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In Gujarat’s ‘disturbed areas’, no sale of property without collector’s nod

The opposition Congress demanded abolishment of the law claiming that it deepens what it called was a “communal divide”, insisting that such a law was not needed in a “peaceful state” such as Gujarat.

india Updated: Jul 08, 2019 22:41 IST
Hiral Dave
Hiral Dave
Hindustan Times, Ahmedabad
Gujarat,disturbed areas,Vijay Rupani
After the riots in 1992 and 2002, parts of cities notified under the law are in Ahmedabad, Vadodara, Surat Godhra, Himmatnagar, Kapadvanj and Bharuch. (Photo @vijayrupanibjp)

The Gujarat assembly on Monday approved stricter punishment for violation of a state law that prohibits sale and tenancy of immovable property to persons of another religion in the areas notified as disturbed, amid opposition from the Congress party.

The amendment enhanced the punishment for violation of the Prohibition of Transfer of Immovable Property and Provision for Protection of Tenants from Eviction from Premises in Disturbed Areas Act, 1991, from earlier six months to three to five years or fine of Rs one lakh or 10% of the stamp duty in place of earlier fine of Rs 10,000.

Another important change in the law approved by majority voice vote of the ruling Bharatiya Janata Party (BJP) was mandatory district collector’s nod for any property transactions in the disturbed areas. Till now, consent of the buyer and the seller was required for property transaction. The change in the law also empowers the state government to review the collector’s decision in this regard, said Gujarat law minister Bhupendrasinh Chudasma.

“Before giving a nod, the collector will check if the particular deal can lead to a possibility of polarization in any area and if there is possibility of imbalanced ratio of people from particular community”. The collector will be assisted by a special investigation team, which will be comprised of municipal commissioner and commissioner of police to check whether the property transaction will lead to polarization or imbalance between two communities in that area,” Chudasma said.

The opposition Congress demanded abolishment of the law claiming that it deepens what it called was a “communal divide”, insisting that such a law was not needed in a “peaceful state” such as Gujarat.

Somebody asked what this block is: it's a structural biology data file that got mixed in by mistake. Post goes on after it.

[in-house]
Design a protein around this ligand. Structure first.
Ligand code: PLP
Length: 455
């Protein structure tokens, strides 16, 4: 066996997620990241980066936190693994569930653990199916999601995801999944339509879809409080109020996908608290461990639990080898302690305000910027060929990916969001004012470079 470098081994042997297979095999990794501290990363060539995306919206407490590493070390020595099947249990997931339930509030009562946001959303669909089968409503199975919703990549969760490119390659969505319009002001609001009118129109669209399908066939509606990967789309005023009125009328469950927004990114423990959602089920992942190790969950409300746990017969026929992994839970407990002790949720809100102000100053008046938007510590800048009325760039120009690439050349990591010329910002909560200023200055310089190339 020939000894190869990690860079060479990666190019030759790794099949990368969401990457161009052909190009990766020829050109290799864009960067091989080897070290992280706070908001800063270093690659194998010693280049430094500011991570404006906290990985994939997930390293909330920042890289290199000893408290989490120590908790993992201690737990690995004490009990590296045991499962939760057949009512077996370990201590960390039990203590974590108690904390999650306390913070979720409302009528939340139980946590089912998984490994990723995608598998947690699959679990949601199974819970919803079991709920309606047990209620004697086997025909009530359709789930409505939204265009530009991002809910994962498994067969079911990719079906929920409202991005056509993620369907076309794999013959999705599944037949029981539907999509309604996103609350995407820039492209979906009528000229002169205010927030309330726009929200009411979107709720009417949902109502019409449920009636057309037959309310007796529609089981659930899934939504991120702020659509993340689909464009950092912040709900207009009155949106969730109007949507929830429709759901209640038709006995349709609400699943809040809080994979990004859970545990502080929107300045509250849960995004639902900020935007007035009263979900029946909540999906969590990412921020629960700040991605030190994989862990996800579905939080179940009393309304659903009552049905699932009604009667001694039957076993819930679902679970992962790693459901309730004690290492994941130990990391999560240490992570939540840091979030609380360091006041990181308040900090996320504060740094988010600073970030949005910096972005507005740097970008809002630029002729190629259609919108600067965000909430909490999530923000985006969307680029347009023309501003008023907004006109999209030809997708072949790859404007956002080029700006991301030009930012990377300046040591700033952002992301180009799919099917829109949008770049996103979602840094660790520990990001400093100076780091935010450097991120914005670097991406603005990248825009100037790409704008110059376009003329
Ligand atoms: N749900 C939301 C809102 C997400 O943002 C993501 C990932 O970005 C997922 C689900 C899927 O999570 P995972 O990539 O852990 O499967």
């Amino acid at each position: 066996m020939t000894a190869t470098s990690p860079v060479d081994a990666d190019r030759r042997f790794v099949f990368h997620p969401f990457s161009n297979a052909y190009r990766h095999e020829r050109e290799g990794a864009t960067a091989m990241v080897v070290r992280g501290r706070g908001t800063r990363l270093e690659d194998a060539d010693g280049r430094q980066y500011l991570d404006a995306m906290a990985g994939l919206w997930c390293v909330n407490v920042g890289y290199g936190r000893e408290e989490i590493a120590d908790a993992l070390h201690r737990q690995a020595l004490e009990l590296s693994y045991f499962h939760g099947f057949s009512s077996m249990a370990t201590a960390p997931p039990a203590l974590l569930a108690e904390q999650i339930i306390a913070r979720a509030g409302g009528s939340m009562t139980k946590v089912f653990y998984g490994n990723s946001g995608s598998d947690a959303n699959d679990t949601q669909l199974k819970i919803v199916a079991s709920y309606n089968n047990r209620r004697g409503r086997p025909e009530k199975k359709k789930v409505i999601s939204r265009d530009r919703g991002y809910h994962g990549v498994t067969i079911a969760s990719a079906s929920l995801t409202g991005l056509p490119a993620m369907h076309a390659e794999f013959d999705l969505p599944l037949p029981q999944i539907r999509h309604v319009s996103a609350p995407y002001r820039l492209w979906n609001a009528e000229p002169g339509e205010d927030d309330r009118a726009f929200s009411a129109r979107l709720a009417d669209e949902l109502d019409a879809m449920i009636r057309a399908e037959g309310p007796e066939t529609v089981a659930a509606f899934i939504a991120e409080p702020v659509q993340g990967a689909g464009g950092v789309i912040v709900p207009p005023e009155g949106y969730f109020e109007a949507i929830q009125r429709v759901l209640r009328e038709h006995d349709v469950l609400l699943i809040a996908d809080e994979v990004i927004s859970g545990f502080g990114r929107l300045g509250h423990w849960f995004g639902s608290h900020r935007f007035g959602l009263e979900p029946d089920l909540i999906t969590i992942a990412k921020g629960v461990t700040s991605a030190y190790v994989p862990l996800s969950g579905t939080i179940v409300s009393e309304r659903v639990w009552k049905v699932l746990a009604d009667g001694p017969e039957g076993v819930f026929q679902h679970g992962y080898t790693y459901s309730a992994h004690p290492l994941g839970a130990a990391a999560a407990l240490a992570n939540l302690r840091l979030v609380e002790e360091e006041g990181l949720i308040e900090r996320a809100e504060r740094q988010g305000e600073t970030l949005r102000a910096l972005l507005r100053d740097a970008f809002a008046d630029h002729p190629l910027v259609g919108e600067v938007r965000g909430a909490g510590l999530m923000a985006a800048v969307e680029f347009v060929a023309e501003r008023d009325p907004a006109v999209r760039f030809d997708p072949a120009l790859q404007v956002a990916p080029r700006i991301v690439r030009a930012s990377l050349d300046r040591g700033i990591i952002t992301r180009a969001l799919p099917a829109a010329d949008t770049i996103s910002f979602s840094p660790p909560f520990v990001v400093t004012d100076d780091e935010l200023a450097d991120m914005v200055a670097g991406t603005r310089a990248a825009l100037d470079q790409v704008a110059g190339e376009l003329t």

“The BJP has been ruling the state for over 2 decades now. When the Gujarat Model is promoted as peaceful and progressive, such a law by the government will only divide the communities and push them to live in different areas. If Gujarat is safe and secure and hasn’t seen curfew in recent times, then why is such an Act required. The government should protect any property, irrespective of the community of the owner,” said Congress MLA from Dariyapur in Ahmedabad, Gyassudin Sheikh in the state assembly.

Chudasma said the changes in the law introduced by the Congress government in 1991 were required for its effective implementation. The law was first introduced through an Ordinance by the Congress-led government in 1986, soon after 1985 communal riots. It was converted into a law in 1991 by then Chimanbhai Patel-led coalition government.

After the riots in 1992 and 2002, parts of cities notified under the law are in Ahmedabad, Vadodara, Surat Godhra, Himmatnagar, Kapadvanj and Bharuch. In the past, the law had mainly attracted dispute involving Hindu and Muslim communities, especially from sensitive areas of these localities.

Sheikh said the state government has not declared how many properties have been transferred under this law till now.

In 2018, residents of Ahmedabad’s Paldi had protested against sale of flats in Varsha Apartments, where in number of Muslim tenants had gone up following the redevelopment of the property. The case is sub-judice. In 2018, the Vishwa Hindu Parishad had objected to similar property deals in Hindu-dominated area of Bhavnagar city which is classified as sensitive.

First Published: Jul 08, 2019 22:40 IST